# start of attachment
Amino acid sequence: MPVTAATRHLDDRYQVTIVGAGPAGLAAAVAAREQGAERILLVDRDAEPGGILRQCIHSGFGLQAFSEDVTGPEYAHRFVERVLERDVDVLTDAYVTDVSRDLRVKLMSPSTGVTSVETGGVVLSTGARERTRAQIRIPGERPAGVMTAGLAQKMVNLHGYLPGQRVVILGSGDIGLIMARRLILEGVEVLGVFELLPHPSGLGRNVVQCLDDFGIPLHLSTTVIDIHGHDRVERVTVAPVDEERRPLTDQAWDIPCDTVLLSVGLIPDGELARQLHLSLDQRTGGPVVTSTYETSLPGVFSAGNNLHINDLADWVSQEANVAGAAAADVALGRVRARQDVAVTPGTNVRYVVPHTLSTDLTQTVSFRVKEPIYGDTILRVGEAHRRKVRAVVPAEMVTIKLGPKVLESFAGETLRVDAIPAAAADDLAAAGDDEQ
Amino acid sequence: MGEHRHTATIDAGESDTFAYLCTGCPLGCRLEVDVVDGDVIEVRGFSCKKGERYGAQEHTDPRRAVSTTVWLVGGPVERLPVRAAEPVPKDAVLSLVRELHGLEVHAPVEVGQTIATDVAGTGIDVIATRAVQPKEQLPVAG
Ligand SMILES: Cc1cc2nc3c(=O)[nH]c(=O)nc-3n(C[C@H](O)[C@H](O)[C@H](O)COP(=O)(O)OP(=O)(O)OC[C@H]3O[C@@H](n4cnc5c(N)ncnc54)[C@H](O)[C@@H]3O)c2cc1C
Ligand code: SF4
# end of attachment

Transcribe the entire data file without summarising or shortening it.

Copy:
Amino acid sequence: MPVTAATRHLDDRYQVTIVGAGPAGLAAAVAAREQGAERILLVDRDAEPGGILRQCIHSGFGLQAFSEDVTGPEYAHRFVERVLERDVDVLTDAYVTDVSRDLRVKLMSPSTGVTSVETGGVVLSTGARERTRAQIRIPGERPAGVMTAGLAQKMVNLHGYLPGQRVVILGSGDIGLIMARRLILEGVEVLGVFELLPHPSGLGRNVVQCLDDFGIPLHLSTTVIDIHGHDRVERVTVAPVDEERRPLTDQAWDIPCDTVLLSVGLIPDGELARQLHLSLDQRTGGPVVTSTYETSLPGVFSAGNNLHINDLADWVSQEANVAGAAAADVALGRVRARQDVAVTPGTNVRYVVPHTLSTDLTQTVSFRVKEPIYGDTILRVGEAHRRKVRAVVPAEMVTIKLGPKVLESFAGETLRVDAIPAAAADDLAAAGDDEQ
Amino acid sequence: MGEHRHTATIDAGESDTFAYLCTGCPLGCRLEVDVVDGDVIEVRGFSCKKGERYGAQEHTDPRRAVSTTVWLVGGPVERLPVRAAEPVPKDAVLSLVRELHGLEVHAPVEVGQTIATDVAGTGIDVIATRAVQPKEQLPVAG
Ligand SMILES: Cc1cc2nc3c(=O)[nH]c(=O)nc-3n(C[C@H](O)[C@H](O)[C@H](O)COP(=O)(O)OP(=O)(O)OC[C@H]3O[C@@H](n4cnc5c(N)ncnc54)[C@H](O)[C@@H]3O)c2cc1C
Ligand code: SF4